According to McKinsey Global institute’s January 2017 report on the future of automation, nearly half of the activities that people are paid to do in the global economy can be automated by adapting currently demonstrated technology. Activities most susceptible to this automation are repetitive, non-creative tasks such as data collection and processing. This puts at risk many jobs in customer service, sales, invoicing, account management and other data entry positions, not the least of which includes AP clerks.

However, these projections don’t necessarily mean that the future is hopeless for those holding AP positions. In McKinsey’s words, “People will need to continue working alongside machines to produce the growth in per capita GDP to which countries around the world aspire.”

Skilled employees will work alongside software automation and RPA (robotic process automation) to approve data analyzation, guide software in the right direction and even perform tasks that we may not know exist yet. This will require some new skills-based learning, but it is also an opportunity for AP department employees to step out from behind the curtain, develop their job descriptions and have more interesting and meaningful jobs. Employees will be able to focus on raising their profile, supporting the business with more meaningful work, providing good internal service, and in turn, be more motivated.

Reckon this is wishful thinking? Think again. It’s been done before.

After all, the first “computers” wore skirts.
In the early decades of the 1900s, mathematical and technical calculations were made manually rather than by machine. This work required a large workforce to compute all the information. With the industrial boom brought on by WWII, organizations like NASA began recruiting women for this work, who they called “computers.” It has even been said that “the first computers wore skirts.”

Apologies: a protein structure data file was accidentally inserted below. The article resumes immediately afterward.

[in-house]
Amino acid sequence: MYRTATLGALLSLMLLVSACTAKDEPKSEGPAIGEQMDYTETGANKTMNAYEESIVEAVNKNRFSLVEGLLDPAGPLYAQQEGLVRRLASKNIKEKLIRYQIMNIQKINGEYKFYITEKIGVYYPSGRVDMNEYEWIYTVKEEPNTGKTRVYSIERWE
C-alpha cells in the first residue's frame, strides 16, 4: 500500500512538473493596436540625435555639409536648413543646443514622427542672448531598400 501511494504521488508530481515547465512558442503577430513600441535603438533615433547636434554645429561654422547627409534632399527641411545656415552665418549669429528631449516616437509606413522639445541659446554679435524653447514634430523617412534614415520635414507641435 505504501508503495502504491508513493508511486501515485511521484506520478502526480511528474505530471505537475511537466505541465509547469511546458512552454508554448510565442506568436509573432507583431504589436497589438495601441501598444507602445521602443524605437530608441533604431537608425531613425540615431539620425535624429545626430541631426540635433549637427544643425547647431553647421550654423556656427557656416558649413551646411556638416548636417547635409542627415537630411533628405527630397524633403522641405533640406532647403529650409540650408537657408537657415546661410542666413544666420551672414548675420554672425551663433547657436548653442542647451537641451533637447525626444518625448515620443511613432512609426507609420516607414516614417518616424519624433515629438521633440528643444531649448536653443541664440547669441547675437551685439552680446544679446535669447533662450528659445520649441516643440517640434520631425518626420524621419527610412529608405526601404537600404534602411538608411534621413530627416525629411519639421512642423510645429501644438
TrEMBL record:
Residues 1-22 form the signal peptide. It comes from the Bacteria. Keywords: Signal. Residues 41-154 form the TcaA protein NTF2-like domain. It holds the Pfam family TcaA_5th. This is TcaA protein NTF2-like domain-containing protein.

Eventually, as the machines we know today as computers began to develop, many of these manual tasks were automated. Rather than discarding the women that had previously done this job, NASA and other organizations simply retrained employees to work alongside these machines and perform less menial tasks. This conscious step allowed the women who had been the quiet backbone of the organization to make themselves and their work known.

One example recently made popular by the book and award-winning film Hidden Figures is that of African-American physicist and mathematician Katherine Johnson and her team. Johnson worked as a “computer” on NASA’s early team from 1953-1958, where she analyzed topics such as gust alleviation for aircrafts. When NASA used electronic computers for the first time to calculate John Glenn’s first orbit around the earth, officials asked Johnson to verify the computer’s numbers and her reputation for accuracy helped establish confidence in the new technology. Johnson herself went on to use these new computers to aid in calculations until her retirement in 1986. Similarly, the value of AP clerks and other accounting professionals will shift as they become valuable as human analysts and strategists, vital in the role of validating a machine’s processes.

These kinds of shifts can be seen throughout history, like in the move away from agriculture and decreases in manufacturing share of employment in the United States, both of which were accompanied by the creation of new types of work not foreseen at the time.

We can expect a similar response to automation in the accounts payable department. As AP software becomes more advanced, clerks and controllers will evolve to work with it, not be replaced by it. The important work of AP clerks will no longer be in the shadows. The job will be transformed from “paper pusher” to vital business asset.